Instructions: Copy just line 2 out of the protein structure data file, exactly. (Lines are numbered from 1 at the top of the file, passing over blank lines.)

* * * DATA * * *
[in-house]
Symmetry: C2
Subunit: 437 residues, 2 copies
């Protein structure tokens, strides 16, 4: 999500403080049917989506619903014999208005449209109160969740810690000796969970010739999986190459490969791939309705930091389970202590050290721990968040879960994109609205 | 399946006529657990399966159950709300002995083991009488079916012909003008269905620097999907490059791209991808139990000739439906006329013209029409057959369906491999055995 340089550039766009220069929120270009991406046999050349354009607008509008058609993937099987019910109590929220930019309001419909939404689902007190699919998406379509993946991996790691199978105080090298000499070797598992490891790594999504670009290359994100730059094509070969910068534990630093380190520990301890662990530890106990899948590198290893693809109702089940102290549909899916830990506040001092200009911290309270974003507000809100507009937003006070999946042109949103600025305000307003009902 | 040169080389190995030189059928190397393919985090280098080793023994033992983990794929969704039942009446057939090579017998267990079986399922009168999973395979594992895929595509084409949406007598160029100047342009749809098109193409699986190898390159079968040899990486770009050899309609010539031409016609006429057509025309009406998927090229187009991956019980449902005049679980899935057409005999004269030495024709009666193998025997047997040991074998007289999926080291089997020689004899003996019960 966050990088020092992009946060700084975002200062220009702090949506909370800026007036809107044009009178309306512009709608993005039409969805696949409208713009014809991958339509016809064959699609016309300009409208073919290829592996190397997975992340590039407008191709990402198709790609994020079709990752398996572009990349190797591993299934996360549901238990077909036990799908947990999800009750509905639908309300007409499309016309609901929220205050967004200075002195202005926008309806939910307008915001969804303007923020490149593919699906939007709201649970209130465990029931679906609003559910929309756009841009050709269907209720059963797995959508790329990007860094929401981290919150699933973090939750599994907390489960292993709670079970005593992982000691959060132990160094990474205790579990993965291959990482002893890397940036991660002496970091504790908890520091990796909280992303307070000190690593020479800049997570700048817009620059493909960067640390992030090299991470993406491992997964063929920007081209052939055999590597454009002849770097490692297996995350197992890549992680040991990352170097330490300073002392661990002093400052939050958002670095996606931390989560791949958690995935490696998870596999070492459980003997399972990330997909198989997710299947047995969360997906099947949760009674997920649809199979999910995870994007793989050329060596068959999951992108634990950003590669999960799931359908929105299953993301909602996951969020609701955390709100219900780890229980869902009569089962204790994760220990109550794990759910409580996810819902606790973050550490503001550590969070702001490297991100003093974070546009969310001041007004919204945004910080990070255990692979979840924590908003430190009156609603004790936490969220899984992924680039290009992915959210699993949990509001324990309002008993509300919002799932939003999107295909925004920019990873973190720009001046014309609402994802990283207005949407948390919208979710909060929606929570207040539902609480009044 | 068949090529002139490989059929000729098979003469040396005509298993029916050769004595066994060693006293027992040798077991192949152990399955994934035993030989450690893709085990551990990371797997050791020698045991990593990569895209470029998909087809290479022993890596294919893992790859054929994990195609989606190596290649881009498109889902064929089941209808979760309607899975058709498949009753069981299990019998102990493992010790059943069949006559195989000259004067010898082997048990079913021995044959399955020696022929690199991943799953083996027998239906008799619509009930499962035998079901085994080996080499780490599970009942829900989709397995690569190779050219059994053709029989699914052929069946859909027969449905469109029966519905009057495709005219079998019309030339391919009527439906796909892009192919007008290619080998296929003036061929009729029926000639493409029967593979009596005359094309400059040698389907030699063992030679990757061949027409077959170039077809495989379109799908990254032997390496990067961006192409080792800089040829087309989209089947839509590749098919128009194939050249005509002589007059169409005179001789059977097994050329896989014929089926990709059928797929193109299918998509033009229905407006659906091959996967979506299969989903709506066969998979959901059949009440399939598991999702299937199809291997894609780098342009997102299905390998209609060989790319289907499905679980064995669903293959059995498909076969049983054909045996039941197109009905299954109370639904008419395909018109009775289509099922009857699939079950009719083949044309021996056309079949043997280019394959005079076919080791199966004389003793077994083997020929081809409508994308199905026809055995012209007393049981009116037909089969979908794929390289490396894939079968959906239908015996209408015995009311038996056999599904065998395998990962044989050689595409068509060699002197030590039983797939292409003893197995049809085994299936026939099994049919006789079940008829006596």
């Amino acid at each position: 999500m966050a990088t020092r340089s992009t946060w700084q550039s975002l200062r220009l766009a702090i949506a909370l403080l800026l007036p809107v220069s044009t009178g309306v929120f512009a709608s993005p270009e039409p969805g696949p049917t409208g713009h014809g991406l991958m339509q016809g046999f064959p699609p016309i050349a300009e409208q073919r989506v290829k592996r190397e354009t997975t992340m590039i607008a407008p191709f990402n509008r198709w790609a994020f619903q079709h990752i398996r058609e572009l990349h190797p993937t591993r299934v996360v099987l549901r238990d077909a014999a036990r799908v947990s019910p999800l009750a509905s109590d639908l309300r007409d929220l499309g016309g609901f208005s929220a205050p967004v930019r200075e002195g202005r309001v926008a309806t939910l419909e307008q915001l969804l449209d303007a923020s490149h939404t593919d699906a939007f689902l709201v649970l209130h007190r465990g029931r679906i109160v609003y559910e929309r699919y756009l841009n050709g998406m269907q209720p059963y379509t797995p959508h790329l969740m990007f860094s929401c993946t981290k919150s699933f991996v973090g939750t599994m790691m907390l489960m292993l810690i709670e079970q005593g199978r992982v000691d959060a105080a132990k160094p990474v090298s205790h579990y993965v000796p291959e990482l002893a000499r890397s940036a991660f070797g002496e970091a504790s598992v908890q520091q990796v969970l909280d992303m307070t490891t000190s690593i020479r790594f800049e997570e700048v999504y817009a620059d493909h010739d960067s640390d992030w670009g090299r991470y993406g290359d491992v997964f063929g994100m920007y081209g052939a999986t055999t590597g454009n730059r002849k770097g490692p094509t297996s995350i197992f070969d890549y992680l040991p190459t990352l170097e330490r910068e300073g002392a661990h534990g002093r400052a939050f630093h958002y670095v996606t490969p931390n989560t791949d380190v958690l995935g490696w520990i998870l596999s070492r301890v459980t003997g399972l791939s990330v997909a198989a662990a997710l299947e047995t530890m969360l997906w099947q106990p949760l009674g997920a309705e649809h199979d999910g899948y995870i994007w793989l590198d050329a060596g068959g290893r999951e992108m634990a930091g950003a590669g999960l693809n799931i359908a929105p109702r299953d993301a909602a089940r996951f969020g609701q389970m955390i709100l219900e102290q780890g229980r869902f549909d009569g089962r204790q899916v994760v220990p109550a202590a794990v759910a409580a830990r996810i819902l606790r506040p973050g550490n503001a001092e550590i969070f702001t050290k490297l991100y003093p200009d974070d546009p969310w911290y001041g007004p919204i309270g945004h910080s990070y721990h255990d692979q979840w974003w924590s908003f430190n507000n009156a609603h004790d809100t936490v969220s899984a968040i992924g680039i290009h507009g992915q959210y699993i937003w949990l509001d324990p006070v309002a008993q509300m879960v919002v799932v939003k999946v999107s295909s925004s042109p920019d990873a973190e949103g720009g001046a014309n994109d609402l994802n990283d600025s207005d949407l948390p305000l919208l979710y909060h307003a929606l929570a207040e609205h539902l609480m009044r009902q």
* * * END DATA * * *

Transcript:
Symmetry: C2